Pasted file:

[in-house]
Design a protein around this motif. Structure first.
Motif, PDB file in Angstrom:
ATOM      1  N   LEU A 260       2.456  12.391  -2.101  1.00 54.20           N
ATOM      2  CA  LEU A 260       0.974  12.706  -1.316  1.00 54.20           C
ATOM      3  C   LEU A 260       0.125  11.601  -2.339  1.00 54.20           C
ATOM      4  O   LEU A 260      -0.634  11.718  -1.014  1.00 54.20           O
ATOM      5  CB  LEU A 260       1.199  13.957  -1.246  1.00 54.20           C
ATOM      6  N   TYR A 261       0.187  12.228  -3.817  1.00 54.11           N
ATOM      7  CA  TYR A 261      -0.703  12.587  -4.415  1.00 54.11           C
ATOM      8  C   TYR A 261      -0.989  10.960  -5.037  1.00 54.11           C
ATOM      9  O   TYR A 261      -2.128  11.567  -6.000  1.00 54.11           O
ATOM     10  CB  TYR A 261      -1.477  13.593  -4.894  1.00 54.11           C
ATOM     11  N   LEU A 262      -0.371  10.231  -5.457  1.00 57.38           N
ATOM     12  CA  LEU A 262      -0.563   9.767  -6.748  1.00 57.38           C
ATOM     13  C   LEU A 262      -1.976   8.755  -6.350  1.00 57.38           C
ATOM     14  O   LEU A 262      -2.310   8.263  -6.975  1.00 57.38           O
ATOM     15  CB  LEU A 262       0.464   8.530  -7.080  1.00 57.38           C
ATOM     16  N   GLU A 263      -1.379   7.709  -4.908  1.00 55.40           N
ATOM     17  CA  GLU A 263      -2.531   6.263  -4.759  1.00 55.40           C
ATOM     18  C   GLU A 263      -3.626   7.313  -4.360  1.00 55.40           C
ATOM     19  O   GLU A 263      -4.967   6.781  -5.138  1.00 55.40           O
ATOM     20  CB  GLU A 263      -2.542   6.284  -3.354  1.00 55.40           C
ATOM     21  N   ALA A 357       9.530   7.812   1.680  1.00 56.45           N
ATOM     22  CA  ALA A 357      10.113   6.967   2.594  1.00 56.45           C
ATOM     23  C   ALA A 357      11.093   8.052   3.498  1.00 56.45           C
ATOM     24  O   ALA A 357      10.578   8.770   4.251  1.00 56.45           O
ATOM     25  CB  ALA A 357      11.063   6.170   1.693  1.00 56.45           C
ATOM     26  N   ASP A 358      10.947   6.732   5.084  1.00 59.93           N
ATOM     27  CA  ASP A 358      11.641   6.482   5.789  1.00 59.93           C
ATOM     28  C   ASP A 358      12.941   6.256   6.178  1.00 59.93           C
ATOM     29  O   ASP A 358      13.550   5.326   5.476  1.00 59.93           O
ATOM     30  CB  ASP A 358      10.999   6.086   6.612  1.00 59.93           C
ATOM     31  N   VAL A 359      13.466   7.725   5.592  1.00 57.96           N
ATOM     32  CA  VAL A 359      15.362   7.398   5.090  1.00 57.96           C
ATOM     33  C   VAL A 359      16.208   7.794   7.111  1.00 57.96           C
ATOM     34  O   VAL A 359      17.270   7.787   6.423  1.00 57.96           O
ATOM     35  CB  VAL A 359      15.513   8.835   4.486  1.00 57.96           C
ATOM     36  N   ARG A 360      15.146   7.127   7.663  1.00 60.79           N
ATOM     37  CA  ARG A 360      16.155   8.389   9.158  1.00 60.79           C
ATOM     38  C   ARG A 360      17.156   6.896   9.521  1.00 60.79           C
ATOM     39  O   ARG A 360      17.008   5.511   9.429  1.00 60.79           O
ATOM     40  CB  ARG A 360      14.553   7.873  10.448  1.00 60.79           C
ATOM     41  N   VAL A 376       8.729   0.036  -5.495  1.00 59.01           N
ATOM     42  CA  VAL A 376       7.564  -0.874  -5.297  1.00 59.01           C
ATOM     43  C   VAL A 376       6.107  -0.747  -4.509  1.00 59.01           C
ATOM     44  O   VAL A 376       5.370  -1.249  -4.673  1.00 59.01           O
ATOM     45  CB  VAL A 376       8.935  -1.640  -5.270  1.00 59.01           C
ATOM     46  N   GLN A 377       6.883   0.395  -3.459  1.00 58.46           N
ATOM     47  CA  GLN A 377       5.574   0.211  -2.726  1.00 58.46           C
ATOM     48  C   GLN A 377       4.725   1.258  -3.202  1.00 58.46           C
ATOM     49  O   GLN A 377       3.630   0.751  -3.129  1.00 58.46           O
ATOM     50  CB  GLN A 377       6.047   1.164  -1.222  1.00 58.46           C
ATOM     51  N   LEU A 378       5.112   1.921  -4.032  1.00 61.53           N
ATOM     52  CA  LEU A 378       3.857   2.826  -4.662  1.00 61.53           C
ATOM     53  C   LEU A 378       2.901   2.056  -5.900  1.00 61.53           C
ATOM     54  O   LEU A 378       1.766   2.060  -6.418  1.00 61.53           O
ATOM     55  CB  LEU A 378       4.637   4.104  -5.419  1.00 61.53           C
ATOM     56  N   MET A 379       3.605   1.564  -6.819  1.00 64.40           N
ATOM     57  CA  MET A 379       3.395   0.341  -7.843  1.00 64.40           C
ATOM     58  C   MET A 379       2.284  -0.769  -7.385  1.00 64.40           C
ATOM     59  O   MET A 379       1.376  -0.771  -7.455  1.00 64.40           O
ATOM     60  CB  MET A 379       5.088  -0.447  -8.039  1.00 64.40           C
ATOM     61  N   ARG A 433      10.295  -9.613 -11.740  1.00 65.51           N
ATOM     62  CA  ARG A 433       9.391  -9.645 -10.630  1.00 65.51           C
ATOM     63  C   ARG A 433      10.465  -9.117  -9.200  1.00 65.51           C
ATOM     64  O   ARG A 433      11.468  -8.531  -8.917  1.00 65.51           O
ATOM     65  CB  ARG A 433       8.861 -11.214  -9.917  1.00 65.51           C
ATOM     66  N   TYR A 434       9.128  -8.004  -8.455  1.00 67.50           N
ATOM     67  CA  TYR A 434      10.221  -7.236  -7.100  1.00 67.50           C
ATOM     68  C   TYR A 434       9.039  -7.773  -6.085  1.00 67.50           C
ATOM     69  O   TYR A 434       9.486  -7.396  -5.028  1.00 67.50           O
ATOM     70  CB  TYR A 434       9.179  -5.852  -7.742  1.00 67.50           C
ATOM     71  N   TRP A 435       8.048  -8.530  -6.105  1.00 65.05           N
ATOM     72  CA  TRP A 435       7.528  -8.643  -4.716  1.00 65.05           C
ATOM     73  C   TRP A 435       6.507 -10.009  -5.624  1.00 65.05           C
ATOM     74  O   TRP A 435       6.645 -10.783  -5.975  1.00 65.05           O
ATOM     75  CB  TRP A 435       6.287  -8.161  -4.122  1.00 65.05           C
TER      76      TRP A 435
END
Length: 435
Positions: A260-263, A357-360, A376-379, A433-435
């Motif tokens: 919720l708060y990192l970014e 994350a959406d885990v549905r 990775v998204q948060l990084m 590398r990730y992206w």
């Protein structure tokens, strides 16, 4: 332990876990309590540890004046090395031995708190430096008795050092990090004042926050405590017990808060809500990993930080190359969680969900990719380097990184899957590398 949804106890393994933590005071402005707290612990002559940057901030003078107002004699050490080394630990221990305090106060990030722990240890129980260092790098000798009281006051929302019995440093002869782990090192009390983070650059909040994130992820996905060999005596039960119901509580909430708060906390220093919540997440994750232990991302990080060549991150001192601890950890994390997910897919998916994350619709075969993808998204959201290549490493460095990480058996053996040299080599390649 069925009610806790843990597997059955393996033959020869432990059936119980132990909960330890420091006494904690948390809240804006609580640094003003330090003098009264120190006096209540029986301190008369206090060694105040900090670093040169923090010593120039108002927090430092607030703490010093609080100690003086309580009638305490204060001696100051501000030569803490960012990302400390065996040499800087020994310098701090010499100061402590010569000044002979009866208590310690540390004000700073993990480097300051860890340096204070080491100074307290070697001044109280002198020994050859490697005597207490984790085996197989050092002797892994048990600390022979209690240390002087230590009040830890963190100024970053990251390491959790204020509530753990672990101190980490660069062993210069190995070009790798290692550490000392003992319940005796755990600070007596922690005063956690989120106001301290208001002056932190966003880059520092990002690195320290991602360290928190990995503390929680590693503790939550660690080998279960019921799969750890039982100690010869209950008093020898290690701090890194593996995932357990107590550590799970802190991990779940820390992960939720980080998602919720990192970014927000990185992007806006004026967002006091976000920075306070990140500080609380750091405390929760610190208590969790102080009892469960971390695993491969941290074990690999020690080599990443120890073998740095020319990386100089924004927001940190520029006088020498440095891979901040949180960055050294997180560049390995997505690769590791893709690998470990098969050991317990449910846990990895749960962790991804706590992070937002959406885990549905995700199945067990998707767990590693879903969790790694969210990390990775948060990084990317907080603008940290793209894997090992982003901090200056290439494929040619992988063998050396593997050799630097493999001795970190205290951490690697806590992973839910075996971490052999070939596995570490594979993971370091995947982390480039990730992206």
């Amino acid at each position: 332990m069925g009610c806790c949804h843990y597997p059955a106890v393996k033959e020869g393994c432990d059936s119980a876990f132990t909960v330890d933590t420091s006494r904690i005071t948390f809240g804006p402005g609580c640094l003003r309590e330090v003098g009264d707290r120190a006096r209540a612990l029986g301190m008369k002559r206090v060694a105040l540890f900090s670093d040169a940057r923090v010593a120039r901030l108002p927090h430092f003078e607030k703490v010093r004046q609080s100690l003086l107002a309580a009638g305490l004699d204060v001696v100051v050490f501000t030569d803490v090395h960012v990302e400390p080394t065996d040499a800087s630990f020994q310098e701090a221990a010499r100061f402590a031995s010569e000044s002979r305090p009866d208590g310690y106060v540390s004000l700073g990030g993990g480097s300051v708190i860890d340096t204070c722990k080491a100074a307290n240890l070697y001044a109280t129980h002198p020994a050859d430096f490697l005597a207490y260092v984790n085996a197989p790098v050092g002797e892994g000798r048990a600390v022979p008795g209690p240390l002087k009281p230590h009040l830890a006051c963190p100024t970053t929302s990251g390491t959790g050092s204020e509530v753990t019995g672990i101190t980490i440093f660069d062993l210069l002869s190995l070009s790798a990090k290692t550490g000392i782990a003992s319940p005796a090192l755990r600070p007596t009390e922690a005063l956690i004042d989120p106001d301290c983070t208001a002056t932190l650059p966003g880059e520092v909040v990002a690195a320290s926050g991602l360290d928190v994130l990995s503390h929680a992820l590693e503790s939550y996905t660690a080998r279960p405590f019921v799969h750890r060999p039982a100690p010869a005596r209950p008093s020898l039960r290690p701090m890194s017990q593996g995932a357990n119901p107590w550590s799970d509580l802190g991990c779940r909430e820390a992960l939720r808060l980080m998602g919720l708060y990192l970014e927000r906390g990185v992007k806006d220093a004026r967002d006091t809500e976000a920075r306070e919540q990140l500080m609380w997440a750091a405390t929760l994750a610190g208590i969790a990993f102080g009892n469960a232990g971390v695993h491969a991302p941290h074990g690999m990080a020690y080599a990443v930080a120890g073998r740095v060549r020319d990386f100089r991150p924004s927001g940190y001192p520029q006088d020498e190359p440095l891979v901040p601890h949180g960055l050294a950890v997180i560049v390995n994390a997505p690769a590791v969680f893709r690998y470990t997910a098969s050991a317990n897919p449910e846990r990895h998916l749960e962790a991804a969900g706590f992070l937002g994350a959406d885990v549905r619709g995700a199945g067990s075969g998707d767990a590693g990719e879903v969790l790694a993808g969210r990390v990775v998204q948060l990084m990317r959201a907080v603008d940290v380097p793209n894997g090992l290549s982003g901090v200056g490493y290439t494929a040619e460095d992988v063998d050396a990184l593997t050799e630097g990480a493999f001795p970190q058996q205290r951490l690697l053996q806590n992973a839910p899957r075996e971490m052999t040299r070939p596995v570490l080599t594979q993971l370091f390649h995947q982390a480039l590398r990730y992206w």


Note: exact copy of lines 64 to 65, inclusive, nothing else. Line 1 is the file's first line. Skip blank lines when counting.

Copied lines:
ATOM     61  N   ARG A 433      10.295  -9.613 -11.740  1.00 65.51           N
ATOM     62  CA  ARG A 433       9.391  -9.645 -10.630  1.00 65.51           C